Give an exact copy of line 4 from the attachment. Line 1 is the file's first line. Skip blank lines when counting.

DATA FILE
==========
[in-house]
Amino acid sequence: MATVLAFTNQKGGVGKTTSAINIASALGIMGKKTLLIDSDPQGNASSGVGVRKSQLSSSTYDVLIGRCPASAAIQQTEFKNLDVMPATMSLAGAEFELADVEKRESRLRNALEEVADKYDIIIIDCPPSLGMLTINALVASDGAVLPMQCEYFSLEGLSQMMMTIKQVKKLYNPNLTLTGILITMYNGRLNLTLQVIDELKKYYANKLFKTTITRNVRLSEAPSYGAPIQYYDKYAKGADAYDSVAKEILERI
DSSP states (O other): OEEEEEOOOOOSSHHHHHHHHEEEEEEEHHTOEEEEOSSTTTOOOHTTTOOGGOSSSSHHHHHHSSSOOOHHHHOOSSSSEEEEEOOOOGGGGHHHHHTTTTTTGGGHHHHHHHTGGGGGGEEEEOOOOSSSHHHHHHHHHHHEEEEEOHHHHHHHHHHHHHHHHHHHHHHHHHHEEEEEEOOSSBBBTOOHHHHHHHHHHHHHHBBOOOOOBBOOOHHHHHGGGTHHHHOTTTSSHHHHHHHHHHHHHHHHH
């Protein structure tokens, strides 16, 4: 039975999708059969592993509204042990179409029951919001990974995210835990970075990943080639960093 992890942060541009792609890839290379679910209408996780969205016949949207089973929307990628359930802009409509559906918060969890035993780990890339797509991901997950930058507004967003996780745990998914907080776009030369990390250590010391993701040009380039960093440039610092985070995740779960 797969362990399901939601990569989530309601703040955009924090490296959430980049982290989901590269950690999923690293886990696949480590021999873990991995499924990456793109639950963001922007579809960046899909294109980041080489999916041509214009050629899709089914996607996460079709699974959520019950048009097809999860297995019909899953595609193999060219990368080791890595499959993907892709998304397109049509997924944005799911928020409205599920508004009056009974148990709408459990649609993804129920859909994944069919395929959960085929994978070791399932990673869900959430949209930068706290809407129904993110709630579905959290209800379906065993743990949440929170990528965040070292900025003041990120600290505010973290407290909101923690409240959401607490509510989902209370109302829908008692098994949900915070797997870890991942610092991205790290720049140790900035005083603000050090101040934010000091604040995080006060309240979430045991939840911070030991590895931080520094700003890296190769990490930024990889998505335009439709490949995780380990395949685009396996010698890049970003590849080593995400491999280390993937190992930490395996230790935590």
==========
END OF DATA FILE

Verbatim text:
């Protein structure tokens, strides 16, 4: 039975999708059969592993509204042990179409029951919001990974995210835990970075990943080639960093 992890942060541009792609890839290379679910209408996780969205016949949207089973929307990628359930802009409509559906918060969890035993780990890339797509991901997950930058507004967003996780745990998914907080776009030369990390250590010391993701040009380039960093440039610092985070995740779960 797969362990399901939601990569989530309601703040955009924090490296959430980049982290989901590269950690999923690293886990696949480590021999873990991995499924990456793109639950963001922007579809960046899909294109980041080489999916041509214009050629899709089914996607996460079709699974959520019950048009097809999860297995019909899953595609193999060219990368080791890595499959993907892709998304397109049509997924944005799911928020409205599920508004009056009974148990709408459990649609993804129920859909994944069919395929959960085929994978070791399932990673869900959430949209930068706290809407129904993110709630579905959290209800379906065993743990949440929170990528965040070292900025003041990120600290505010973290407290909101923690409240959401607490509510989902209370109302829908008692098994949900915070797997870890991942610092991205790290720049140790900035005083603000050090101040934010000091604040995080006060309240979430045991939840911070030991590895931080520094700003890296190769990490930024990889998505335009439709490949995780380990395949685009396996010698890049970003590849080593995400491999280390993937190992930490395996230790935590």